Should You Stuff Your Turkey For Thanksgiving?
As Thanksgiving nears, attention turns to the kitchen. And as families across the country prepare their family meals for Thursday, a debate: whether to stuff the bird.
Field & Feast is a weekly feature airing Saturdays on KUT and KUTX. On the Field & Feast website, Cecilia Nasti wades into the stuffing debate and offers the following advice on how to avert dressing disasters and other Thanksgiving goofs.
What’s turkey without stuffing? That wonderful bready filling, saturated with the savory juices of your holiday bird is heaven – that is, until it makes someone sick.
The challenges of cooking a stuffed bird is getting the stuffing to reach the food safe temperature of the cooked turkey: 165° F.
It generally takes longer to reach that temperature, and by the time it does, you have overcooked the meat. As the stuffing ingredients were imbued with the raw turkey juices when you first introduced it into the cavity, if you do not allow it to reach a safe temperature, you could be subjecting your family and guests to some gastrointestinal distress or worse.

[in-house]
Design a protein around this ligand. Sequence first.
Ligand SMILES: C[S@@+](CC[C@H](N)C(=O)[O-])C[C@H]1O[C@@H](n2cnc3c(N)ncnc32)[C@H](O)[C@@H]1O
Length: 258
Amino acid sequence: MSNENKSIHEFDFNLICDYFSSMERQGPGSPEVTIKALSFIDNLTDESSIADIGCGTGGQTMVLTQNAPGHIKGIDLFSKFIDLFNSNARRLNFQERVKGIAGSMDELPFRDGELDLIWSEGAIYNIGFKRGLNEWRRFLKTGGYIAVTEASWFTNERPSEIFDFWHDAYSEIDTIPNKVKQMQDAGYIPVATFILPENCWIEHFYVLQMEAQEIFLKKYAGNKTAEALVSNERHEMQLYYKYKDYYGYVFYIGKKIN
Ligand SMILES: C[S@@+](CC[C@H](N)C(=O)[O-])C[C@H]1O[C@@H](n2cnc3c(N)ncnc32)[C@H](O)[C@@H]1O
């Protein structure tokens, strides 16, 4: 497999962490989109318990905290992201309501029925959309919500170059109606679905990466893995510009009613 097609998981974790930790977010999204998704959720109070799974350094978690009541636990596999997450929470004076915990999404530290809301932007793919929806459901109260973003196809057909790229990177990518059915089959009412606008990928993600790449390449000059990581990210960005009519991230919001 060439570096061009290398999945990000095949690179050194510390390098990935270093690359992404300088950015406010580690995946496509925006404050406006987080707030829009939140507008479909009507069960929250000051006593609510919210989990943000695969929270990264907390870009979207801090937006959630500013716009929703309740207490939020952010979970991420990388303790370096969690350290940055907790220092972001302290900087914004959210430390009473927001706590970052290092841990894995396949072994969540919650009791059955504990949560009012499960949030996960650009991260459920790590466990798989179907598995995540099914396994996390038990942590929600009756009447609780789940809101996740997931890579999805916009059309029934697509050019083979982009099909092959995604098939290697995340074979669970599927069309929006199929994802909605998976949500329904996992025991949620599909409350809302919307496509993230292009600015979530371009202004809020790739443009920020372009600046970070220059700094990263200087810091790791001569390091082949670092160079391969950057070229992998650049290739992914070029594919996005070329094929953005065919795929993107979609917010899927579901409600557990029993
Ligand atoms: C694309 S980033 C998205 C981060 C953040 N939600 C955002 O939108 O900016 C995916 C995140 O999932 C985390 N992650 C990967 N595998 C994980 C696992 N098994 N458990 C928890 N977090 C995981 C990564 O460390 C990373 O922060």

One suggestion is to cook the stuffing in advance, bringing it to at least 145° F before spooning it into the raw bird, giving it a big head start.
We recommend simply cooking it outside of the turkey, at which time it is renamed dressing. It is still delicious, and it is safe.
Of course, if you want to stuff your bird, by all means do. Just remember to:
- Use cooked ingredients in your stuffing
- Stuff your turkey just before cooking, not the night before
- Stuff both the neck and body cavities of a completely thawed turkey
Field & Feast airs Saturday morning on KUT and KUTX. See more, including cooking times for a stuffed bird, on the Field and Feast website.